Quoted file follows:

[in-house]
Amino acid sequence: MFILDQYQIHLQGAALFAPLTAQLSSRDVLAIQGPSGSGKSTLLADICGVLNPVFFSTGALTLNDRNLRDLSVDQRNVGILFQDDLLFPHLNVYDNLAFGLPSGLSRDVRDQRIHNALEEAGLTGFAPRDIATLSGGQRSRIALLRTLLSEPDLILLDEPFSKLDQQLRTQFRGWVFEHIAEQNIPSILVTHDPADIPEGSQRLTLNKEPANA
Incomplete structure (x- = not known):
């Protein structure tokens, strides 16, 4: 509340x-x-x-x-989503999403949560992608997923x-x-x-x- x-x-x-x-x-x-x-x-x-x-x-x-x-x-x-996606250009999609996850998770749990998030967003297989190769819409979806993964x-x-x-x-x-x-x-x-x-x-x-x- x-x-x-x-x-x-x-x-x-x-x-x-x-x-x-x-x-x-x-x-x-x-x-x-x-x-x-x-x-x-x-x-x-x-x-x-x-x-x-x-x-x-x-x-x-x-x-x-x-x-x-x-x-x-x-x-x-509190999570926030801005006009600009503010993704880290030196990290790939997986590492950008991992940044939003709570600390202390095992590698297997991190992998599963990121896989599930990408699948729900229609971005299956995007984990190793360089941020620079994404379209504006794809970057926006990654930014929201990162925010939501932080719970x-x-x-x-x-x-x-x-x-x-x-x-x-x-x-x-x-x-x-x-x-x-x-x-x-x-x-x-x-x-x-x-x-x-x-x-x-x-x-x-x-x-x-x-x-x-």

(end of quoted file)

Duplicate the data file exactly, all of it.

[in-house]
Amino acid sequence: MFILDQYQIHLQGAALFAPLTAQLSSRDVLAIQGPSGSGKSTLLADICGVLNPVFFSTGALTLNDRNLRDLSVDQRNVGILFQDDLLFPHLNVYDNLAFGLPSGLSRDVRDQRIHNALEEAGLTGFAPRDIATLSGGQRSRIALLRTLLSEPDLILLDEPFSKLDQQLRTQFRGWVFEHIAEQNIPSILVTHDPADIPEGSQRLTLNKEPANA
Incomplete structure (x- = not known):
């Protein structure tokens, strides 16, 4: 509340x-x-x-x-989503999403949560992608997923x-x-x-x- x-x-x-x-x-x-x-x-x-x-x-x-x-x-x-996606250009999609996850998770749990998030967003297989190769819409979806993964x-x-x-x-x-x-x-x-x-x-x-x- x-x-x-x-x-x-x-x-x-x-x-x-x-x-x-x-x-x-x-x-x-x-x-x-x-x-x-x-x-x-x-x-x-x-x-x-x-x-x-x-x-x-x-x-x-x-x-x-x-x-x-x-x-x-x-x-x-509190999570926030801005006009600009503010993704880290030196990290790939997986590492950008991992940044939003709570600390202390095992590698297997991190992998599963990121896989599930990408699948729900229609971005299956995007984990190793360089941020620079994404379209504006794809970057926006990654930014929201990162925010939501932080719970x-x-x-x-x-x-x-x-x-x-x-x-x-x-x-x-x-x-x-x-x-x-x-x-x-x-x-x-x-x-x-x-x-x-x-x-x-x-x-x-x-x-x-x-x-x-």